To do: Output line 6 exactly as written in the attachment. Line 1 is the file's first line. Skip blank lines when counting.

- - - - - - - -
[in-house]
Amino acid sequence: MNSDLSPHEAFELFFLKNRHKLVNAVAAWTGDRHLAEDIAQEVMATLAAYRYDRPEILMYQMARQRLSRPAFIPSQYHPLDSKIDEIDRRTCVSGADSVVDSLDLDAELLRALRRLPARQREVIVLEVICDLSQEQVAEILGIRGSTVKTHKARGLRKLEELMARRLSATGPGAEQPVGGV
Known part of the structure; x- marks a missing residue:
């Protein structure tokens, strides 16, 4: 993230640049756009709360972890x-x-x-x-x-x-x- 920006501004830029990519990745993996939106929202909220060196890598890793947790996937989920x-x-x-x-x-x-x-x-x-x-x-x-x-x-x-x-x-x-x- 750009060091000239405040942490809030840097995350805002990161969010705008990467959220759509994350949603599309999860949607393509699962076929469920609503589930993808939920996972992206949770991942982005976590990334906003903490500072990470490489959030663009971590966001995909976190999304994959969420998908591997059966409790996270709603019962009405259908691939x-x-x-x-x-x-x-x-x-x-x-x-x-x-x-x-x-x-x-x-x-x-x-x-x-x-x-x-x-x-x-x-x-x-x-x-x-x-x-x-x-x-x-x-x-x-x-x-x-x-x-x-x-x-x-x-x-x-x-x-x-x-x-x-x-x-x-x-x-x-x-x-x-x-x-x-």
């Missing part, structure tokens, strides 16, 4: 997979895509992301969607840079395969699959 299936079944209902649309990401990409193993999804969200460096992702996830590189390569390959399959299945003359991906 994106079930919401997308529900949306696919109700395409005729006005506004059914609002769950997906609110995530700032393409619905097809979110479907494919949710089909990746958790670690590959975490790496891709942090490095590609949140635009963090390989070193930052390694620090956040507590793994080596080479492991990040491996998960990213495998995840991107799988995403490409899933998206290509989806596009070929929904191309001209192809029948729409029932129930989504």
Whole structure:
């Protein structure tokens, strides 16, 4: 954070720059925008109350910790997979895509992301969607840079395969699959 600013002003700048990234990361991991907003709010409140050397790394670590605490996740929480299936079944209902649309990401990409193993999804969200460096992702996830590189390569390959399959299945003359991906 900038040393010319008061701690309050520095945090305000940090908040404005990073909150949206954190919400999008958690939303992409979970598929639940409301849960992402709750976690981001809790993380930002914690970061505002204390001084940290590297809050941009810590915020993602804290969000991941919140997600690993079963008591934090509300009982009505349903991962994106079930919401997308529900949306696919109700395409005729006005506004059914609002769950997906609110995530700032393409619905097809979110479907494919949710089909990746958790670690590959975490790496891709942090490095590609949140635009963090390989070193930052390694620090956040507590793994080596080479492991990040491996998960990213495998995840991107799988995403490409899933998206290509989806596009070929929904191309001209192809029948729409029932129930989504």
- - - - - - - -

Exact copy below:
Whole structure: